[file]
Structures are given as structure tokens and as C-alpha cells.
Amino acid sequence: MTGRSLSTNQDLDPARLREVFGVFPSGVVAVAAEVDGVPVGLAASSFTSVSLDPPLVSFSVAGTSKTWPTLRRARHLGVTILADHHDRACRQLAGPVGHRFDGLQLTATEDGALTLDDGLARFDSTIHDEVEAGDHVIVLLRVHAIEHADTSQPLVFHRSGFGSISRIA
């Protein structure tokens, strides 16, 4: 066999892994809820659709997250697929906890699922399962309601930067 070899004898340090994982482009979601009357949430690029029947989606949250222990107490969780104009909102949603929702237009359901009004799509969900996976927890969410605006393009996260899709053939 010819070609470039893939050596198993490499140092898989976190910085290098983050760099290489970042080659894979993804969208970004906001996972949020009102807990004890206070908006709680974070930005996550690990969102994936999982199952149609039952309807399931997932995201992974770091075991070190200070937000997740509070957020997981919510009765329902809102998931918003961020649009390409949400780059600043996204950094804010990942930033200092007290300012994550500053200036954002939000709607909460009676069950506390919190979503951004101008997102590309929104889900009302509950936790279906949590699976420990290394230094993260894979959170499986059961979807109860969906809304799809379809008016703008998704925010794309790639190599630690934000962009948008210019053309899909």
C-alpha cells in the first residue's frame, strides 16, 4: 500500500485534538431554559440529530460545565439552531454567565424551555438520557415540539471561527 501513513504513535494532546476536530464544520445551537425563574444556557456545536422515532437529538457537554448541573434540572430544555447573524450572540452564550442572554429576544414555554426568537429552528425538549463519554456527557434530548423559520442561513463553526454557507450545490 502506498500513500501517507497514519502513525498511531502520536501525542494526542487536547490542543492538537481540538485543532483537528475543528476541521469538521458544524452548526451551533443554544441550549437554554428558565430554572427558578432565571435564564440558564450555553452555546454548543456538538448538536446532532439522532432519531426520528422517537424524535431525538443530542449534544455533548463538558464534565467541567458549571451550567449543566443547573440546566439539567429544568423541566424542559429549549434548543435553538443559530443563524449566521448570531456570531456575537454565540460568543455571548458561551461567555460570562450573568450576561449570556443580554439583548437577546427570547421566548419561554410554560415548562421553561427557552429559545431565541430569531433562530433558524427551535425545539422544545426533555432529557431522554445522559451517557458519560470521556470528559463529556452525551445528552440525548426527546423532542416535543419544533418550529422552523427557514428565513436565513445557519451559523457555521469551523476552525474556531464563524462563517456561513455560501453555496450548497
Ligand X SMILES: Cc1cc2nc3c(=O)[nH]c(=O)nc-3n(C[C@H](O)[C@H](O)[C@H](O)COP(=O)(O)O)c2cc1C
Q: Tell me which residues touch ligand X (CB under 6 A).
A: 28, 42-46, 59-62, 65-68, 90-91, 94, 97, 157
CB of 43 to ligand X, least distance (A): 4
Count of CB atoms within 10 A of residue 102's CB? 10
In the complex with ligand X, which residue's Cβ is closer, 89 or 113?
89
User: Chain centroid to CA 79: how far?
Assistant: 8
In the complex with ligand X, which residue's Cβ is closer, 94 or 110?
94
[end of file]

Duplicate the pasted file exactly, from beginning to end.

Structures are given as structure tokens and as C-alpha cells.
Amino acid sequence: MTGRSLSTNQDLDPARLREVFGVFPSGVVAVAAEVDGVPVGLAASSFTSVSLDPPLVSFSVAGTSKTWPTLRRARHLGVTILADHHDRACRQLAGPVGHRFDGLQLTATEDGALTLDDGLARFDSTIHDEVEAGDHVIVLLRVHAIEHADTSQPLVFHRSGFGSISRIA
């Protein structure tokens, strides 16, 4: 066999892994809820659709997250697929906890699922399962309601930067 070899004898340090994982482009979601009357949430690029029947989606949250222990107490969780104009909102949603929702237009359901009004799509969900996976927890969410605006393009996260899709053939 010819070609470039893939050596198993490499140092898989976190910085290098983050760099290489970042080659894979993804969208970004906001996972949020009102807990004890206070908006709680974070930005996550690990969102994936999982199952149609039952309807399931997932995201992974770091075991070190200070937000997740509070957020997981919510009765329902809102998931918003961020649009390409949400780059600043996204950094804010990942930033200092007290300012994550500053200036954002939000709607909460009676069950506390919190979503951004101008997102590309929104889900009302509950936790279906949590699976420990290394230094993260894979959170499986059961979807109860969906809304799809379809008016703008998704925010794309790639190599630690934000962009948008210019053309899909």
C-alpha cells in the first residue's frame, strides 16, 4: 500500500485534538431554559440529530460545565439552531454567565424551555438520557415540539471561527 501513513504513535494532546476536530464544520445551537425563574444556557456545536422515532437529538457537554448541573434540572430544555447573524450572540452564550442572554429576544414555554426568537429552528425538549463519554456527557434530548423559520442561513463553526454557507450545490 502506498500513500501517507497514519502513525498511531502520536501525542494526542487536547490542543492538537481540538485543532483537528475543528476541521469538521458544524452548526451551533443554544441550549437554554428558565430554572427558578432565571435564564440558564450555553452555546454548543456538538448538536446532532439522532432519531426520528422517537424524535431525538443530542449534544455533548463538558464534565467541567458549571451550567449543566443547573440546566439539567429544568423541566424542559429549549434548543435553538443559530443563524449566521448570531456570531456575537454565540460568543455571548458561551461567555460570562450573568450576561449570556443580554439583548437577546427570547421566548419561554410554560415548562421553561427557552429559545431565541430569531433562530433558524427551535425545539422544545426533555432529557431522554445522559451517557458519560470521556470528559463529556452525551445528552440525548426527546423532542416535543419544533418550529422552523427557514428565513436565513445557519451559523457555521469551523476552525474556531464563524462563517456561513455560501453555496450548497
Ligand X SMILES: Cc1cc2nc3c(=O)[nH]c(=O)nc-3n(C[C@H](O)[C@H](O)[C@H](O)COP(=O)(O)O)c2cc1C
Q: Tell me which residues touch ligand X (CB under 6 A).
A: 28, 42-46, 59-62, 65-68, 90-91, 94, 97, 157
CB of 43 to ligand X, least distance (A): 4
Count of CB atoms within 10 A of residue 102's CB? 10
In the complex with ligand X, which residue's Cβ is closer, 89 or 113?
89
User: Chain centroid to CA 79: how far?
Assistant: 8
In the complex with ligand X, which residue's Cβ is closer, 94 or 110?
94